Madain Shu'ayb, or Maghair Shu'ayb, which translates to cities of Shu'ayb, is located in the governorate of Al-Bida', one of the governorates of the Tabuk province. Madain Shu'ayb, which is an icon of rock-cut architecture, is situated between the governorates of Haql and Maqna, towards the northwest side of the city of Tabuk. Once inhabited by the Nabataeans, this place was a fertile oasis full of water springs and orchards.
This area, dates back to 100 years BC, is also known as Madian, and contains houses carved into the mountains, similar to Madain Saleh. The Arab historian Hamad Al-Jassir says that Al-Bida' or Maghair Shu'ayb is an ancient oasis in which Allah sent his prophet Shu'ayb to Madian people. He adds that the most famous monuments landmarks are the Lihyanite and the Nabatean texts and inscriptions carved on the rocks. And there is also a site for an ancient city from the early Islamic times known as al-Malqta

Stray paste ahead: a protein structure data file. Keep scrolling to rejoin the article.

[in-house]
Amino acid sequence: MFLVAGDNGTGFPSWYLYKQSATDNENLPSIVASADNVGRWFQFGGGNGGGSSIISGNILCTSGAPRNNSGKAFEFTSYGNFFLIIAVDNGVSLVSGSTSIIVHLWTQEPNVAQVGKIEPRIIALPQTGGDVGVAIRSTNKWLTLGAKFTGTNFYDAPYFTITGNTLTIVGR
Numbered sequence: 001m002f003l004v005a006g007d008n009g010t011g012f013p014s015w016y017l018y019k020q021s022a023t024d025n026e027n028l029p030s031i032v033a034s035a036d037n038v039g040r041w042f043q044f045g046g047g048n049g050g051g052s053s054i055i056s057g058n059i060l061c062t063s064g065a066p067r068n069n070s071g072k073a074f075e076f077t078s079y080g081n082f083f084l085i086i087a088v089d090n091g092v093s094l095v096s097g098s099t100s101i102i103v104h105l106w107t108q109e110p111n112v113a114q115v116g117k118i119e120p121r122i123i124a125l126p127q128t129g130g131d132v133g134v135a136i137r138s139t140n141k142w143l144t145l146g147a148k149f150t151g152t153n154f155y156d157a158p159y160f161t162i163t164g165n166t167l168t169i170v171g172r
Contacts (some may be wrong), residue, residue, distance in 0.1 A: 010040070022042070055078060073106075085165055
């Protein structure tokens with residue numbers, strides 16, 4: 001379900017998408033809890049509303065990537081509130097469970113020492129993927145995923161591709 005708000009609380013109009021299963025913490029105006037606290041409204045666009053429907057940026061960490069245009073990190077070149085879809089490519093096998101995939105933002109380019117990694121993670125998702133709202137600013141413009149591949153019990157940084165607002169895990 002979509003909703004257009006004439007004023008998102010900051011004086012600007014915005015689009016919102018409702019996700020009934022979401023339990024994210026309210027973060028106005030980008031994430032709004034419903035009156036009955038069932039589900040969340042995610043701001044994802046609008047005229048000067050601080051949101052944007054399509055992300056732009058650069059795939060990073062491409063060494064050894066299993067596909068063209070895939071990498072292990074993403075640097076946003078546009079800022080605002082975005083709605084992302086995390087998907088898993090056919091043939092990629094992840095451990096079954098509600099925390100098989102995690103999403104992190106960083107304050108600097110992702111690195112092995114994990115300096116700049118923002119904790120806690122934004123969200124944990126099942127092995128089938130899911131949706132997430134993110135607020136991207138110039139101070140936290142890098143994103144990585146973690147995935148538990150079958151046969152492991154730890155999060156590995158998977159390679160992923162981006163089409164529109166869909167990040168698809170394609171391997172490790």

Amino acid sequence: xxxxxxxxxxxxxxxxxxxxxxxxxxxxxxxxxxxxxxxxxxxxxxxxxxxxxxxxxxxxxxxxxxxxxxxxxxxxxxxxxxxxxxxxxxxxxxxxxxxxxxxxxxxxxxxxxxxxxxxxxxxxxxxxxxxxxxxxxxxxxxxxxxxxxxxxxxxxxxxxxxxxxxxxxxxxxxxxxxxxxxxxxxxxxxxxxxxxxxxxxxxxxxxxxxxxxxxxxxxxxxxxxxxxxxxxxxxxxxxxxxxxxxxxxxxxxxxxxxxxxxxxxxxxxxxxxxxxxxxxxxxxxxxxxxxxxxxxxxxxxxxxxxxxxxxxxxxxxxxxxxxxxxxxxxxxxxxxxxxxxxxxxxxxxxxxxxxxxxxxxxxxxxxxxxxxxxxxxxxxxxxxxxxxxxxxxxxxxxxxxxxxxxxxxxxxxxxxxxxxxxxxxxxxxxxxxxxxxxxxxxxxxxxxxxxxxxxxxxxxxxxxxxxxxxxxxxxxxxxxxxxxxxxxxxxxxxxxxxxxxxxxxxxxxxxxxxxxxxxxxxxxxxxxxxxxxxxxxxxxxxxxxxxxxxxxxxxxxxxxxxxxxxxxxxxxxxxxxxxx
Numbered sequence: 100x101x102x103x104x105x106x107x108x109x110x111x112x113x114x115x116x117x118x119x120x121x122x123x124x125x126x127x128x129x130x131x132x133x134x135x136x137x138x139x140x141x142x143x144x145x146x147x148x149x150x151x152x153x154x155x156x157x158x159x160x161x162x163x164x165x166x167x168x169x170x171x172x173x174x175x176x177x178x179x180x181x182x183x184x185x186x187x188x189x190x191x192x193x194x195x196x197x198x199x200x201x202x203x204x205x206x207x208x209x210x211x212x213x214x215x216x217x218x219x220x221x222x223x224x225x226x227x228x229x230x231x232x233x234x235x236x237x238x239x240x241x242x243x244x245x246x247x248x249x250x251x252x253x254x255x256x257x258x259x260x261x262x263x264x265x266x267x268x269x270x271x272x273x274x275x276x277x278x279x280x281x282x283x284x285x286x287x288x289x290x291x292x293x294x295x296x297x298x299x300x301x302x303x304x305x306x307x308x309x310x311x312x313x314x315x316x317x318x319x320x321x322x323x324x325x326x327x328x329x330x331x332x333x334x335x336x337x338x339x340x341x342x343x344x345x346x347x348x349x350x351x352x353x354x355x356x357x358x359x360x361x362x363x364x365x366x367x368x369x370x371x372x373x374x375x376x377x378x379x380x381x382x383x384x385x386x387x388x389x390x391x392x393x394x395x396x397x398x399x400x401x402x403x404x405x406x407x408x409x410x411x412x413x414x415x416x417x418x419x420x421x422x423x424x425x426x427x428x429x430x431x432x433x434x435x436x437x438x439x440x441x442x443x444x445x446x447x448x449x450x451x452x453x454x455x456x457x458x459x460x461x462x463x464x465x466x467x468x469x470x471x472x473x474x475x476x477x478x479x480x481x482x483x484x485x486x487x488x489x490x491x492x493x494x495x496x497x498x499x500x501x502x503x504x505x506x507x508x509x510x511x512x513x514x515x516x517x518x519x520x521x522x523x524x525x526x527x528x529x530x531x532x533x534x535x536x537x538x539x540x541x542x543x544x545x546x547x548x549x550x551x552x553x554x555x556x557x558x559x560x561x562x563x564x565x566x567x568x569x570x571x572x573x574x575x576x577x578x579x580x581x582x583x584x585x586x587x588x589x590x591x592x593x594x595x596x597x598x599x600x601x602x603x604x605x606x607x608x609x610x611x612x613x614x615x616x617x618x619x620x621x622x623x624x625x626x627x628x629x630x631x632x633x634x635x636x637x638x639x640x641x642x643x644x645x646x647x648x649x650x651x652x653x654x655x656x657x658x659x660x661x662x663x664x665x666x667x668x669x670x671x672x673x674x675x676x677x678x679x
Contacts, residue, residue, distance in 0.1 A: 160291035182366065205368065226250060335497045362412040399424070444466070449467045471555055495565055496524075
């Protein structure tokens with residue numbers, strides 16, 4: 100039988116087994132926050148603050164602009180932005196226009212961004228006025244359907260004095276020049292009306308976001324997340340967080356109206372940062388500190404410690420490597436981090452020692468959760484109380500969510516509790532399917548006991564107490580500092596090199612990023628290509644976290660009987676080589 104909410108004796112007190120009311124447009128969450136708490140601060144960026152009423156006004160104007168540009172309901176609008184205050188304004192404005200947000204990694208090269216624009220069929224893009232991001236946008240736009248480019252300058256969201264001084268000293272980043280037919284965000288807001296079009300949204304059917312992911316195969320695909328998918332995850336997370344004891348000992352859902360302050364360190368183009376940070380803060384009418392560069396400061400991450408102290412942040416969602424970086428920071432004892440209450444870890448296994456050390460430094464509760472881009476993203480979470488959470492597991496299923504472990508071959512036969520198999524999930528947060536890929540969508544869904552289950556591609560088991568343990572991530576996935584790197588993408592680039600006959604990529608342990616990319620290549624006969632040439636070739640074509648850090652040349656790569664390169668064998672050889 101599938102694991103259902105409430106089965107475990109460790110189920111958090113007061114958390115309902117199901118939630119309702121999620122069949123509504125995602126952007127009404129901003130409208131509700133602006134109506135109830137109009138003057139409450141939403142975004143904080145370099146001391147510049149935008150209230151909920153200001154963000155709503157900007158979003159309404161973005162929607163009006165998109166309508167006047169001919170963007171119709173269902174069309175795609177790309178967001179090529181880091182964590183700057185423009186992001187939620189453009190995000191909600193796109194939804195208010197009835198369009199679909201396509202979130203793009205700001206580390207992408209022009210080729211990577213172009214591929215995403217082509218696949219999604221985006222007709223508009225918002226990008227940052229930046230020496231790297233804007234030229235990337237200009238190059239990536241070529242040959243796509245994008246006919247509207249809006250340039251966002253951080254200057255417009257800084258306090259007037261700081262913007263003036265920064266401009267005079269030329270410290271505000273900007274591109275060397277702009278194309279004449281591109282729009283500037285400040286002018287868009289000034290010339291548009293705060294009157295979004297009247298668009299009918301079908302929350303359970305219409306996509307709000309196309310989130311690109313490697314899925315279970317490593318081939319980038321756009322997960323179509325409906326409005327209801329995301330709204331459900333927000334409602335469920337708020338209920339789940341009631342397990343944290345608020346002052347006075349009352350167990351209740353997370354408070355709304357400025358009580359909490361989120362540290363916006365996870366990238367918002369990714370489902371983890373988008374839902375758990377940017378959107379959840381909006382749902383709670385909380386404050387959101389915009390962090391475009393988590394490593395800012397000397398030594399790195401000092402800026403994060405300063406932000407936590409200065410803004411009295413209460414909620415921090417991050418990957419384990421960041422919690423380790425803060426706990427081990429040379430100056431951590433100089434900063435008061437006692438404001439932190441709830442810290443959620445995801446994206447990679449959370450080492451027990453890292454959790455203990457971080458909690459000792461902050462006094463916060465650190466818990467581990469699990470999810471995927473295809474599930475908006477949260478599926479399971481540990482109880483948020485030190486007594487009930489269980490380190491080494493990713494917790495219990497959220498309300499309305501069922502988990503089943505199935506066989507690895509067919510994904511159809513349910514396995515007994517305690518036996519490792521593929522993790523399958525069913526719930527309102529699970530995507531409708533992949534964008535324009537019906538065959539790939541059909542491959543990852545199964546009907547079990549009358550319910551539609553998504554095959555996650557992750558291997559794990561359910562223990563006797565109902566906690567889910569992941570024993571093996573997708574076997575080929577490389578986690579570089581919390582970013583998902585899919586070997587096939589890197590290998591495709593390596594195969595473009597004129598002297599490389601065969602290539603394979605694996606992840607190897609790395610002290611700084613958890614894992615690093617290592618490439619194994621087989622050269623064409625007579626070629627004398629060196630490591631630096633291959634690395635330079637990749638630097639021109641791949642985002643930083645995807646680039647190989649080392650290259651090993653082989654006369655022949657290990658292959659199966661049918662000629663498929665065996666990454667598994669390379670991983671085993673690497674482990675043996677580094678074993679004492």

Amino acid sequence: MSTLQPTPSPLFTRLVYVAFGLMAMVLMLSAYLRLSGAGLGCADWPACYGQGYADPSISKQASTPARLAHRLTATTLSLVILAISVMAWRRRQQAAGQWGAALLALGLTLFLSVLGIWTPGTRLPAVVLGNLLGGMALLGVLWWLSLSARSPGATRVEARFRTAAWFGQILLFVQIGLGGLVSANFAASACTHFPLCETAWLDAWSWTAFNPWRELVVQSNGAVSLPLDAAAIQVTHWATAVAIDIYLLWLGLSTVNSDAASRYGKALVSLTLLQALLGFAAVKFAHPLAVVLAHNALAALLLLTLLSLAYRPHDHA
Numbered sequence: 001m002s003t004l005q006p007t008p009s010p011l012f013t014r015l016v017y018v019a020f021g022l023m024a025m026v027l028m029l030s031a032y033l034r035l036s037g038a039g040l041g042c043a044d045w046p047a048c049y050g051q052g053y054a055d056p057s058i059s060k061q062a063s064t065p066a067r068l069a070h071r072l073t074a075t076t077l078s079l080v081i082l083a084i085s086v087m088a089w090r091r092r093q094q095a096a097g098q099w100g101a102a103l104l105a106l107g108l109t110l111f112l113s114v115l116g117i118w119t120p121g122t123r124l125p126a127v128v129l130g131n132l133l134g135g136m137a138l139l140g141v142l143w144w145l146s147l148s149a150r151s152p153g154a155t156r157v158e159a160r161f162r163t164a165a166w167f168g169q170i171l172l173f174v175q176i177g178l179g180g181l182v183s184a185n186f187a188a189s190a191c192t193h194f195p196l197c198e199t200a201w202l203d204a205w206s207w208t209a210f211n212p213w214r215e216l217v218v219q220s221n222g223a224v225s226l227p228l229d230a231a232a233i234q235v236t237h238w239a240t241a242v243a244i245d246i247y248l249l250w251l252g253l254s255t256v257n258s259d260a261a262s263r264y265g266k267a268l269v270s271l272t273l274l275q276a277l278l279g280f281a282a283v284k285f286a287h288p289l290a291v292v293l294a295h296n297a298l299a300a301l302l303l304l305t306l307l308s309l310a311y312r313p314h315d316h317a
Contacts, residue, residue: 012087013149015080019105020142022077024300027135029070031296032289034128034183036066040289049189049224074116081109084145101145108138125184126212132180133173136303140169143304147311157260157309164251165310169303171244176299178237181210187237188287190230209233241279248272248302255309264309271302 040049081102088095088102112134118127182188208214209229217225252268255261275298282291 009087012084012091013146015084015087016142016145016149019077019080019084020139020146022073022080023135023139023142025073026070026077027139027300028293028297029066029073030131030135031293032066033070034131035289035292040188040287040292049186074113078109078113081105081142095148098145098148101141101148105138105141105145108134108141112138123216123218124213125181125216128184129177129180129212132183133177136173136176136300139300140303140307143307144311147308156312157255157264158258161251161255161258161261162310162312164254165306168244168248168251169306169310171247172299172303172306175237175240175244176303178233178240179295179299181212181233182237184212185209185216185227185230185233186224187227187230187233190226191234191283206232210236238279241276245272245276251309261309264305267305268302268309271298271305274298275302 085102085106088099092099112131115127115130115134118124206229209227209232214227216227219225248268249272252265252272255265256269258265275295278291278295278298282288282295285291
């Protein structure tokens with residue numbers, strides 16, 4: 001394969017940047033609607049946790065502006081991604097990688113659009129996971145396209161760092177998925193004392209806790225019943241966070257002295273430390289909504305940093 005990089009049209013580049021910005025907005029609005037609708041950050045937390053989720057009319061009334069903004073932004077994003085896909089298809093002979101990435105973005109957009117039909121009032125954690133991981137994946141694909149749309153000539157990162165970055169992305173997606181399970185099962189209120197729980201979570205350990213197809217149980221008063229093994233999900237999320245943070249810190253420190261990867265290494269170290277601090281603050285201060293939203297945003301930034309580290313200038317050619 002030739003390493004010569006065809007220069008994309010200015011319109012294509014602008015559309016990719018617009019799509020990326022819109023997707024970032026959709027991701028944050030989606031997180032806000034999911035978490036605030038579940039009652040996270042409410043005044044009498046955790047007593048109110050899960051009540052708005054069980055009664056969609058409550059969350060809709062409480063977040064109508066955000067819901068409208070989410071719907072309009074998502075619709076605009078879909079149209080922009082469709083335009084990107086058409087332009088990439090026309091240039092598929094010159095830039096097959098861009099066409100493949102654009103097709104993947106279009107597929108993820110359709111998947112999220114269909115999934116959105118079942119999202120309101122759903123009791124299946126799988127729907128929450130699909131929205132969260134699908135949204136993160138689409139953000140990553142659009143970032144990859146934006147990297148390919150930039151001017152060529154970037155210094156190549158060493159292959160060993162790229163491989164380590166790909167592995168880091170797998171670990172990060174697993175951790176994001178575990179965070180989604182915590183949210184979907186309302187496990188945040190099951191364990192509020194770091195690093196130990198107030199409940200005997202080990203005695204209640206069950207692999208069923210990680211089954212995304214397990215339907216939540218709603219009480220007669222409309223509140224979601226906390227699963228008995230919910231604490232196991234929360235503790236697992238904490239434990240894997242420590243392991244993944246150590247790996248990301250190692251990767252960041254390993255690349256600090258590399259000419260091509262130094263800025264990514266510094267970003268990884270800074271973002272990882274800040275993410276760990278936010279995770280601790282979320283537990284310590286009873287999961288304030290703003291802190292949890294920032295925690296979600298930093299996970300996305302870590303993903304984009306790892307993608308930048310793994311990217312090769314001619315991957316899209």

Madain Shu'ayb was visited by many explorers and orientalists, including Georg August Wallin, Edward Roble who wrote on Madain in 1829, the British Richard Francis Burton, the Lady Anne Blunt, and others.
The area boasts some other famous monuments, including the rock-carved As-Saee'dni water well and many pools and water streams. It is believed that this water well is the same one from which the prophet Moses, peace be upon him, drank from it, so someone called it the water well of Moses.